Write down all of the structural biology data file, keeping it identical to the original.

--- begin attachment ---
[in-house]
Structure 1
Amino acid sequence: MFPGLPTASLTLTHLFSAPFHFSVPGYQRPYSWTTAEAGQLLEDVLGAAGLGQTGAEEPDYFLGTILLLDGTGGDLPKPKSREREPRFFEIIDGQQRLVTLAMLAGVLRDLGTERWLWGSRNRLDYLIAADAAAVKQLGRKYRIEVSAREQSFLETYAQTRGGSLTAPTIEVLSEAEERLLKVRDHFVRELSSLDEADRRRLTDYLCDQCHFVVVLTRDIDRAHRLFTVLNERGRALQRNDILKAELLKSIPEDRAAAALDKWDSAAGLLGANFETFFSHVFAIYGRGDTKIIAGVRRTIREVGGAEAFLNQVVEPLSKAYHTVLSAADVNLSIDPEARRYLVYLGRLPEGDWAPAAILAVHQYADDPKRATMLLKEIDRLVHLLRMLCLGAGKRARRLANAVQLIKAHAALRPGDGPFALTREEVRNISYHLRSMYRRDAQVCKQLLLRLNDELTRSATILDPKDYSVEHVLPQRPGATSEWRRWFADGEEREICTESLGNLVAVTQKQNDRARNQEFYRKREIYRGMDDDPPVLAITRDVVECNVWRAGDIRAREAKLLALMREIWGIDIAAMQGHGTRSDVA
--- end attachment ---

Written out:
[in-house]
Structure 1
Amino acid sequence: MFPGLPTASLTLTHLFSAPFHFSVPGYQRPYSWTTAEAGQLLEDVLGAAGLGQTGAEEPDYFLGTILLLDGTGGDLPKPKSREREPRFFEIIDGQQRLVTLAMLAGVLRDLGTERWLWGSRNRLDYLIAADAAAVKQLGRKYRIEVSAREQSFLETYAQTRGGSLTAPTIEVLSEAEERLLKVRDHFVRELSSLDEADRRRLTDYLCDQCHFVVVLTRDIDRAHRLFTVLNERGRALQRNDILKAELLKSIPEDRAAAALDKWDSAAGLLGANFETFFSHVFAIYGRGDTKIIAGVRRTIREVGGAEAFLNQVVEPLSKAYHTVLSAADVNLSIDPEARRYLVYLGRLPEGDWAPAAILAVHQYADDPKRATMLLKEIDRLVHLLRMLCLGAGKRARRLANAVQLIKAHAALRPGDGPFALTREEVRNISYHLRSMYRRDAQVCKQLLLRLNDELTRSATILDPKDYSVEHVLPQRPGATSEWRRWFADGEEREICTESLGNLVAVTQKQNDRARNQEFYRKREIYRGMDDDPPVLAITRDVVECNVWRAGDIRAREAKLLALMREIWGIDIAAMQGHGTRSDVA